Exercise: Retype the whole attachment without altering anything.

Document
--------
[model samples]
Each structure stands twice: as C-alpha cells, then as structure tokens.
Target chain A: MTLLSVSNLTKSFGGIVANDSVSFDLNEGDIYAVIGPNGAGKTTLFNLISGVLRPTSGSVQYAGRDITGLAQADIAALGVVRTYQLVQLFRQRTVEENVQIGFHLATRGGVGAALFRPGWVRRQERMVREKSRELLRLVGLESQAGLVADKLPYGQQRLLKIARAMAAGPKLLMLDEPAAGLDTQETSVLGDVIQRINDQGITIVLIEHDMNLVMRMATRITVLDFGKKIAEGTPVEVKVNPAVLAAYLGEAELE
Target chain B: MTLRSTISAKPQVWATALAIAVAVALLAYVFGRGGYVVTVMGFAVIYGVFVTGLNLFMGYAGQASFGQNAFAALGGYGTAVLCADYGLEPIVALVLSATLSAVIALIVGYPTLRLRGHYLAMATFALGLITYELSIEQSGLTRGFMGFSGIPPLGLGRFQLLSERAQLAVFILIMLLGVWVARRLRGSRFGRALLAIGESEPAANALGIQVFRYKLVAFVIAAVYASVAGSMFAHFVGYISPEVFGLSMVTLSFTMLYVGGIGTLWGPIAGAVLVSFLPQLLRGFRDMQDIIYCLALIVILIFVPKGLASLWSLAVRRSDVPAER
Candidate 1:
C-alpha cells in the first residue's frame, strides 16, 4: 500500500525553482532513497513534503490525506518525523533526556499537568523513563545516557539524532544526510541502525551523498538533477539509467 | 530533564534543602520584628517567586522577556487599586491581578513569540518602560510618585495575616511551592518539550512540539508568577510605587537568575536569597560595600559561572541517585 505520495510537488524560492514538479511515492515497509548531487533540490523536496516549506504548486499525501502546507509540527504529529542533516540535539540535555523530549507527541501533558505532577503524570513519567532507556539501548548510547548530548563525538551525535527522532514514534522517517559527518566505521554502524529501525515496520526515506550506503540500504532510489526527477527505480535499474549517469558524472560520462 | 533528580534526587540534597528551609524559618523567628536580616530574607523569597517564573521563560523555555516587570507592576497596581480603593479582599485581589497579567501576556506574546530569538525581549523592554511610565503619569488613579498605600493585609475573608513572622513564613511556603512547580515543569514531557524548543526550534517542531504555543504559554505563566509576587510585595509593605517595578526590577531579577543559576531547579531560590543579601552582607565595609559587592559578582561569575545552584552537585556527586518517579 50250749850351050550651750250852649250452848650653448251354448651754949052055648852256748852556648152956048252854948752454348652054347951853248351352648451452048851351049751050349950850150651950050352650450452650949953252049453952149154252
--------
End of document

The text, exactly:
[model samples]
Each structure stands twice: as C-alpha cells, then as structure tokens.
Target chain A: MTLLSVSNLTKSFGGIVANDSVSFDLNEGDIYAVIGPNGAGKTTLFNLISGVLRPTSGSVQYAGRDITGLAQADIAALGVVRTYQLVQLFRQRTVEENVQIGFHLATRGGVGAALFRPGWVRRQERMVREKSRELLRLVGLESQAGLVADKLPYGQQRLLKIARAMAAGPKLLMLDEPAAGLDTQETSVLGDVIQRINDQGITIVLIEHDMNLVMRMATRITVLDFGKKIAEGTPVEVKVNPAVLAAYLGEAELE
Target chain B: MTLRSTISAKPQVWATALAIAVAVALLAYVFGRGGYVVTVMGFAVIYGVFVTGLNLFMGYAGQASFGQNAFAALGGYGTAVLCADYGLEPIVALVLSATLSAVIALIVGYPTLRLRGHYLAMATFALGLITYELSIEQSGLTRGFMGFSGIPPLGLGRFQLLSERAQLAVFILIMLLGVWVARRLRGSRFGRALLAIGESEPAANALGIQVFRYKLVAFVIAAVYASVAGSMFAHFVGYISPEVFGLSMVTLSFTMLYVGGIGTLWGPIAGAVLVSFLPQLLRGFRDMQDIIYCLALIVILIFVPKGLASLWSLAVRRSDVPAER
Candidate 1:
C-alpha cells in the first residue's frame, strides 16, 4: 500500500525553482532513497513534503490525506518525523533526556499537568523513563545516557539524532544526510541502525551523498538533477539509467 | 530533564534543602520584628517567586522577556487599586491581578513569540518602560510618585495575616511551592518539550512540539508568577510605587537568575536569597560595600559561572541517585 505520495510537488524560492514538479511515492515497509548531487533540490523536496516549506504548486499525501502546507509540527504529529542533516540535539540535555523530549507527541501533558505532577503524570513519567532507556539501548548510547548530548563525538551525535527522532514514534522517517559527518566505521554502524529501525515496520526515506550506503540500504532510489526527477527505480535499474549517469558524472560520462 | 533528580534526587540534597528551609524559618523567628536580616530574607523569597517564573521563560523555555516587570507592576497596581480603593479582599485581589497579567501576556506574546530569538525581549523592554511610565503619569488613579498605600493585609475573608513572622513564613511556603512547580515543569514531557524548543526550534517542531504555543504559554505563566509576587510585595509593605517595578526590577531579577543559576531547579531560590543579601552582607565595609559587592559578582561569575545552584552537585556527586518517579 50250749850351050550651750250852649250452848650653448251354448651754949052055648852256748852556648152956048252854948752454348652054347951853248351352648451452048851351049751050349950850150651950050352650450452650949953252049453952149154252